My dad is currently in the ER being seen.  There is a one-visitor-at-a-time policy, and I'm sure my dad would be more comfortable with his wife at his side, so I'm patiently waiting in the waiting room.  The doctors are confirmed atrial fibrillation.  They also hear a wheezing noise they don't like and they're taking him in for a chest x-ray.  I assume the cancer impinging on the bronchi is making them worry about pneumonia, but I'm not even close to being a doctor so that is just guessing.

I'm post more when there is more.  At this point, it is all scary, sad, and a great unknown.

Monday, April 16, 2012

About the Author -- Curriculum Vitae

                                                         CURRICULUM VITAE

                                                      DAVID N. SHUSTER, M.D.


            Date of Birth:              August 18, 1940

            Place of Birth:             Montreal, Canada

            Marital Status:             Married (Judy)

            Address:                      [redacted]
                                                Fresno, CA 93720

            Telephone:                   Business:        [redacted]
                                                Home:           [redacted]


            COLLEGE:                            McGill University
                                                            B.S., 1961

            MEDICAL SCHOOL:           McGill University
                                                            M.D.C.M., 1966

            INTERNSHIP:                       Jewish General Hospital-Montreal
                                                            June 1966 - June 1967

            RESIDENCY:                                    Jewish Hospital-Brooklyn, N.Y.
                                                            Obstetrics and Gynecology
                                                            June 1967 - December 1967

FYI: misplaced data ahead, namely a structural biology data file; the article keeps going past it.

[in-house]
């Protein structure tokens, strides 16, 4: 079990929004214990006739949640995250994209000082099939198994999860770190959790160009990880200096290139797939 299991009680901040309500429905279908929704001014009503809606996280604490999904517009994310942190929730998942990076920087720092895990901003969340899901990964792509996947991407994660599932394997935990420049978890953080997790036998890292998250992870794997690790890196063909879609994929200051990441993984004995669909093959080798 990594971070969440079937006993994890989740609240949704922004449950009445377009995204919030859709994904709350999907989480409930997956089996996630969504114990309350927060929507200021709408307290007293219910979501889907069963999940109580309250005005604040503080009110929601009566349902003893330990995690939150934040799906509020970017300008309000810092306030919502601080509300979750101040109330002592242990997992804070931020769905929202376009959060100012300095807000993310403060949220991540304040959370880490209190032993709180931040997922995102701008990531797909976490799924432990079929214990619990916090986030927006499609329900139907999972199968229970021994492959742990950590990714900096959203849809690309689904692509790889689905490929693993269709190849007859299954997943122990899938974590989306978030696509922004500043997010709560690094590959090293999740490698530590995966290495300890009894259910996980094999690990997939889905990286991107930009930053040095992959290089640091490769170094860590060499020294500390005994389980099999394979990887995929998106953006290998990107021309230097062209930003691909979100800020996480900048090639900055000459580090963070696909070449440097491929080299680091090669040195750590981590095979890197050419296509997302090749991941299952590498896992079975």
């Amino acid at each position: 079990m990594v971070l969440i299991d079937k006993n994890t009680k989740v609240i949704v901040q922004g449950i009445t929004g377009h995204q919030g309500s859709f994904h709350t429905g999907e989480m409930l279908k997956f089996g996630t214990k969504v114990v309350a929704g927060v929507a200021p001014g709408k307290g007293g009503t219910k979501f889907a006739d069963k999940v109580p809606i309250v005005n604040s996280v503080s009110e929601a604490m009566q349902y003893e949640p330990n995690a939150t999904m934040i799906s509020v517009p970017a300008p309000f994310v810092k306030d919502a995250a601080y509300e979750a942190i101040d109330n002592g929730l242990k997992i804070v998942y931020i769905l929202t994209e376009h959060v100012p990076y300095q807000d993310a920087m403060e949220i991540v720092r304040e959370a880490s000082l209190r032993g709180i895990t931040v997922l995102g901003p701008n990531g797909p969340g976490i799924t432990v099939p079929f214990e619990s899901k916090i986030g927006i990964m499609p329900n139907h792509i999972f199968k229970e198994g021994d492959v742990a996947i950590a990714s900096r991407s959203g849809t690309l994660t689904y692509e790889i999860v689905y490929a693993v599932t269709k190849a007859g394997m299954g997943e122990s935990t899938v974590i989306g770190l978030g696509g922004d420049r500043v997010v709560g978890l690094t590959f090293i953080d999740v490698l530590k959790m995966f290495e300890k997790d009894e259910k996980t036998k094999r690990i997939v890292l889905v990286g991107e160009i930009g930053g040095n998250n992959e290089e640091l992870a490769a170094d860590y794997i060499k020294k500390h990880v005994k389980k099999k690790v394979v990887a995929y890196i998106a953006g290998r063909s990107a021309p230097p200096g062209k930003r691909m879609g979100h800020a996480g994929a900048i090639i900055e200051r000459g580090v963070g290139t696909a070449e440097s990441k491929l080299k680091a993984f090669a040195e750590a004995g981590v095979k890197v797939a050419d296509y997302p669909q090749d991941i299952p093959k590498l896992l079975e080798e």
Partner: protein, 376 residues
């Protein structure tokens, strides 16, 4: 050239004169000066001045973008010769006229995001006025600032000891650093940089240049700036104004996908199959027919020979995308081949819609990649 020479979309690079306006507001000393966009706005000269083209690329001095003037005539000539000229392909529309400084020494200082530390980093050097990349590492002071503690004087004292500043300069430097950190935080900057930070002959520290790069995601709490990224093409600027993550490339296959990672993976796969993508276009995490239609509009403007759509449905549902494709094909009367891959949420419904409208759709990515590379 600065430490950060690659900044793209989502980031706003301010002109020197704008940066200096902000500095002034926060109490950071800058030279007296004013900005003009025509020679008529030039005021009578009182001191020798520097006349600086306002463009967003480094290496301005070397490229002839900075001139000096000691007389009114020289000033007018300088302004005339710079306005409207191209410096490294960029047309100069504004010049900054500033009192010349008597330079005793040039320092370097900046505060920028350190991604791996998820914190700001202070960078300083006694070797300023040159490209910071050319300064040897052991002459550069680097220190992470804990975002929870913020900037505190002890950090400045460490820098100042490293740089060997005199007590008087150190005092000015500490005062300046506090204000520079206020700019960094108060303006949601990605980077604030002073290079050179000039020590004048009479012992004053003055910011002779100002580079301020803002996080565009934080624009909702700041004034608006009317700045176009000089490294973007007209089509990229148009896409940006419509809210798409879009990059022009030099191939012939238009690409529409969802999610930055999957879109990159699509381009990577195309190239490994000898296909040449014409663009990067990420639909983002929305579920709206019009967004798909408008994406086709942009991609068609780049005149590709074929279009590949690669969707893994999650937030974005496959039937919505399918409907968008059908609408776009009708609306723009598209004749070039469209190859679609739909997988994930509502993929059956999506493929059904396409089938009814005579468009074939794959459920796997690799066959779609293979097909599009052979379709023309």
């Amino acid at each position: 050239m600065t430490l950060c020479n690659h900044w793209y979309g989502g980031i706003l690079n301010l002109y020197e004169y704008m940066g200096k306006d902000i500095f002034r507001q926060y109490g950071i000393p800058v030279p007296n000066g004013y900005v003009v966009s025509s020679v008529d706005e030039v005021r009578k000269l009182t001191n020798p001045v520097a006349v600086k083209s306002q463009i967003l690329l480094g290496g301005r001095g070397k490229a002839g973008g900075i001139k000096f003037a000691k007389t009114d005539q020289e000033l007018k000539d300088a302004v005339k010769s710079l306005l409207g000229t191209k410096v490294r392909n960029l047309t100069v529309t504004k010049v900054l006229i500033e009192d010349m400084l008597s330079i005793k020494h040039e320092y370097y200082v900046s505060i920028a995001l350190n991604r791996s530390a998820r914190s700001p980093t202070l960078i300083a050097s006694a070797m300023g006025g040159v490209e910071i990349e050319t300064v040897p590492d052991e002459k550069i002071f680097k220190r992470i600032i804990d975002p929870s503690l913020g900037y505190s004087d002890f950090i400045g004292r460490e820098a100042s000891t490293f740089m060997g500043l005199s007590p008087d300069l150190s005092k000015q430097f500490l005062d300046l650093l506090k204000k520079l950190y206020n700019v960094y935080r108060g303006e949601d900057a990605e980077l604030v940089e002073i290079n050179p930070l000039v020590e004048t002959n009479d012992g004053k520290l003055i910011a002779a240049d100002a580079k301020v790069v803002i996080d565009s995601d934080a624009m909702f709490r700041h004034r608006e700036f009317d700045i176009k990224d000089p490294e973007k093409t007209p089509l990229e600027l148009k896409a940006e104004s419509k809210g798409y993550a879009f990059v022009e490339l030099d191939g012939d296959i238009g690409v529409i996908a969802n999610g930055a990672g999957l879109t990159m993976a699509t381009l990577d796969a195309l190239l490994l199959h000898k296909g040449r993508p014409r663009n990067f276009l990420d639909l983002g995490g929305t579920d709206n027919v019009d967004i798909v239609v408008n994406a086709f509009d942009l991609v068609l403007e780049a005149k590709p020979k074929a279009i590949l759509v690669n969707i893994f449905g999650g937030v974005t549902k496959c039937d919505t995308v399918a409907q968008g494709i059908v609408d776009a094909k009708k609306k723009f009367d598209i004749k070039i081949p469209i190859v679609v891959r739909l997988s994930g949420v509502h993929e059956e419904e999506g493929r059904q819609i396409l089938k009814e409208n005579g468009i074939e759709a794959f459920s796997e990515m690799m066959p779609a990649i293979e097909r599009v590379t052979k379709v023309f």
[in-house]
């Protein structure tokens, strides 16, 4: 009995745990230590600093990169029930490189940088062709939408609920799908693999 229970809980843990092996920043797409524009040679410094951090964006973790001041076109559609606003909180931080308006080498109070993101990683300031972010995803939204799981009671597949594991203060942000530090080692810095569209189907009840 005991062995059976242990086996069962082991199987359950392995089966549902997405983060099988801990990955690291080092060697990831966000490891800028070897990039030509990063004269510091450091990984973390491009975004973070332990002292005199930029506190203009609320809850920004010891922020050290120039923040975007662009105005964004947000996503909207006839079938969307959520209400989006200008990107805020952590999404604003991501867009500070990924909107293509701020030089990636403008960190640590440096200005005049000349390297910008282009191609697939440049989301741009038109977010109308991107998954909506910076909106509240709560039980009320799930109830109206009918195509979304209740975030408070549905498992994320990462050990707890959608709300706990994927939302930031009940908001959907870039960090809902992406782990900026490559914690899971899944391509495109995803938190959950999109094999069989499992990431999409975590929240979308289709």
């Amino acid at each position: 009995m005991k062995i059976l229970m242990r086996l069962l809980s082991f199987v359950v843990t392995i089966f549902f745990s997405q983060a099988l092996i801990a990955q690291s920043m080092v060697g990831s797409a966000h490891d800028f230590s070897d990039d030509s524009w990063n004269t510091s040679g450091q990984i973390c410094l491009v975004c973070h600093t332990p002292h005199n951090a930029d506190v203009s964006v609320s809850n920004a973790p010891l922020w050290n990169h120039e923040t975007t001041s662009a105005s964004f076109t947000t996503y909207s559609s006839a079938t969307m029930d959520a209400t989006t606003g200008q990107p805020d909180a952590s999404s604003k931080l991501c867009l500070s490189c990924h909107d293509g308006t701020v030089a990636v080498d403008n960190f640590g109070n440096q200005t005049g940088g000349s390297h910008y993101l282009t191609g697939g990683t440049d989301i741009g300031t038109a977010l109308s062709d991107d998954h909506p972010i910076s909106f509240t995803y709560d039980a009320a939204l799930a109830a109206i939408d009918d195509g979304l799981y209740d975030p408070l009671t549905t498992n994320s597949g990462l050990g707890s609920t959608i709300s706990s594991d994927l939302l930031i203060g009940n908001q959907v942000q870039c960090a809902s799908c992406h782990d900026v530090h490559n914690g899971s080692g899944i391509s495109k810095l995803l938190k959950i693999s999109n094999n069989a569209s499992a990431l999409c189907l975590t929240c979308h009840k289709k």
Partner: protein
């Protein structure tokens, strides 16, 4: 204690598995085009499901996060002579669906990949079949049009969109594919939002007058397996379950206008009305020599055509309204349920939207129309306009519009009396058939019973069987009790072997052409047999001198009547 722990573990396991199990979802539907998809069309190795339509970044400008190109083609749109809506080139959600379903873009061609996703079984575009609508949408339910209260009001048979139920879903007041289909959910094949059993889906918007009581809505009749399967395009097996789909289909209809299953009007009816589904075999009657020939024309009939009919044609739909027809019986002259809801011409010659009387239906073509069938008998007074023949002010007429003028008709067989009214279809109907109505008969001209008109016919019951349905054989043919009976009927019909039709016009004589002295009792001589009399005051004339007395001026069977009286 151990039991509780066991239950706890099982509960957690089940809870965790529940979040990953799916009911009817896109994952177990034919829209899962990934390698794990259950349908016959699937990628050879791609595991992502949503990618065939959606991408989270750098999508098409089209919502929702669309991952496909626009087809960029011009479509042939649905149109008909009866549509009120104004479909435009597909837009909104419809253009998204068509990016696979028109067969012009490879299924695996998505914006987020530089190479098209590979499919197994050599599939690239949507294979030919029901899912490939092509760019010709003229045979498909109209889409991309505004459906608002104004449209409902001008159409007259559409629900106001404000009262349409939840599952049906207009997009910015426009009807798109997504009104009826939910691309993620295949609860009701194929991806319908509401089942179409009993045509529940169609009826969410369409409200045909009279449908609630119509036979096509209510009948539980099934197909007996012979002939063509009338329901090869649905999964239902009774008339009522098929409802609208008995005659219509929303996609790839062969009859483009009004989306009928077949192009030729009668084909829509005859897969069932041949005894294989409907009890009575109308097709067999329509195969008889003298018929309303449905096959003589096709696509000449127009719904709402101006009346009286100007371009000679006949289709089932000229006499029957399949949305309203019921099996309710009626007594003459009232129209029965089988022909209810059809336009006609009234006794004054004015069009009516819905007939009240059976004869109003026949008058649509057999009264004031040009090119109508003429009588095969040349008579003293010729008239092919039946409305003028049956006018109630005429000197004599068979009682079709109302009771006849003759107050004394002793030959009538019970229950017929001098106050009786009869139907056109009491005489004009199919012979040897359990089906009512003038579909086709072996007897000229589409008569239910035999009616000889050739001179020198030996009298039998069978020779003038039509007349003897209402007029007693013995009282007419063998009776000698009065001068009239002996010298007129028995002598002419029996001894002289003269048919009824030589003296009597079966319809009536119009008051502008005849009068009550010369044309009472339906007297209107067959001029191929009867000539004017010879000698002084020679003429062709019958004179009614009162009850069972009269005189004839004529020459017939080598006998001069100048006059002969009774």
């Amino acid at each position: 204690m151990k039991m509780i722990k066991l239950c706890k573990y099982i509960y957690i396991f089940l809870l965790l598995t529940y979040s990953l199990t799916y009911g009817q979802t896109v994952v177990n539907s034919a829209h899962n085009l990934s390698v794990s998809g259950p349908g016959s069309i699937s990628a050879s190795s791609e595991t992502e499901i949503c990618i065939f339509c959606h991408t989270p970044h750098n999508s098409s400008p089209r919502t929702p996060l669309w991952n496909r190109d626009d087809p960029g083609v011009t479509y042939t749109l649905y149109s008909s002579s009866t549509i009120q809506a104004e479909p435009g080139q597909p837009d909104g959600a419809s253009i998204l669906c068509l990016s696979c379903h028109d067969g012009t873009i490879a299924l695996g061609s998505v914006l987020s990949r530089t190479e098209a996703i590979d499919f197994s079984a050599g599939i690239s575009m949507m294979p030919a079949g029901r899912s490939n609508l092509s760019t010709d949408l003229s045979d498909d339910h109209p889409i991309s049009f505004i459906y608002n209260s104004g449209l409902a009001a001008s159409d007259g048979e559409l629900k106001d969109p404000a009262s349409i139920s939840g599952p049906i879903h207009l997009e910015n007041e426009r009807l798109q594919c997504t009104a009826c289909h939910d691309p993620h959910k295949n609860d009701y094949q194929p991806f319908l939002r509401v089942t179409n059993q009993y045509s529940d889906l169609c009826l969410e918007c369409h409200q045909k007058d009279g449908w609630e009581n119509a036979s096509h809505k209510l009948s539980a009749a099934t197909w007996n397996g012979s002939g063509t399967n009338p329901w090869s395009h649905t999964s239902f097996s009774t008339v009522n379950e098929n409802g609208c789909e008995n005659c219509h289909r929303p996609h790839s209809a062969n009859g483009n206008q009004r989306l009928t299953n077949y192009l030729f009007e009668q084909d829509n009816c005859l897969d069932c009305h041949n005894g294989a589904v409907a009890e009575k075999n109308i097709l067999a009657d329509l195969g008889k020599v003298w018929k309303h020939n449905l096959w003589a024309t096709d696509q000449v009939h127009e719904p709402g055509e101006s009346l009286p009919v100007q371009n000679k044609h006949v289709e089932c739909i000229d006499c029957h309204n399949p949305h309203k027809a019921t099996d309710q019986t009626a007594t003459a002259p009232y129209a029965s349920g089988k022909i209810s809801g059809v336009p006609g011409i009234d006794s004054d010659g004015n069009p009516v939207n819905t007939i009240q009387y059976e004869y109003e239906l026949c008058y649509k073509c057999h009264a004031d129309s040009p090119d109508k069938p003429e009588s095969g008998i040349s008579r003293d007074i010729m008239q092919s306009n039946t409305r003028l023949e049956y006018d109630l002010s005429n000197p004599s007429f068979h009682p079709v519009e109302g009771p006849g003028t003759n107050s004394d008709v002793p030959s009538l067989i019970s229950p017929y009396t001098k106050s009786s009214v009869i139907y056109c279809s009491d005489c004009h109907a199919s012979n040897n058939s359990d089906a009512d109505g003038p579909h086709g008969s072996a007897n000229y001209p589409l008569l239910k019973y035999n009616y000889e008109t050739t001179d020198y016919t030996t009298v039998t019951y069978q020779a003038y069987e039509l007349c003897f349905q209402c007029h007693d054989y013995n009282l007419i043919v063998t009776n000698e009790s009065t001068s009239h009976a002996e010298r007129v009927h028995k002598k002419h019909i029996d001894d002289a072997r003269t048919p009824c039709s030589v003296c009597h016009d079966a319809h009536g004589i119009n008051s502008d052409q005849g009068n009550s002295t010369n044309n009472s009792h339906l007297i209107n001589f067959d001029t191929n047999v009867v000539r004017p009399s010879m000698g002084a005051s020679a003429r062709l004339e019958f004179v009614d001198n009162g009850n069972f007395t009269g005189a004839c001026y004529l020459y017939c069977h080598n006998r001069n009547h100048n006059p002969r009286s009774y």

Brookdale Hospital-Brooklyn, N.Y.
                                                            January 1968 - June 1968

                                                            McGill University-Jewish General Hospital
                                                            July 1968 - June 1971

PRACTICE:                         Diagnostic Radiology
                                                St. Mary's Hospital, Montreal
                                                June 1971 - August 1976
                                                Saint Agnes Hospital, Fresno, California
                                                September 1976 - April 1993

                                                Fresno Imaging Center Medical Group
                                                May 1993 – December 2004

                                                Sierra Imaging Associates Medical Group
                                                January 2005 to present

                                                [Note that this version of the CV predated his work at Kaiser]


            L.M.C.C.                                                               1968
            National Board of Medical Examiners                       1967
            Certified Specialists of Province of Quebec               1971
            Fellow of Royal College (by examination)                 1971   
            Royal College certification (Radiology)                     1971
            Diploma of American Board of Radiology                1972
            California Certificate Number                                  [redacted]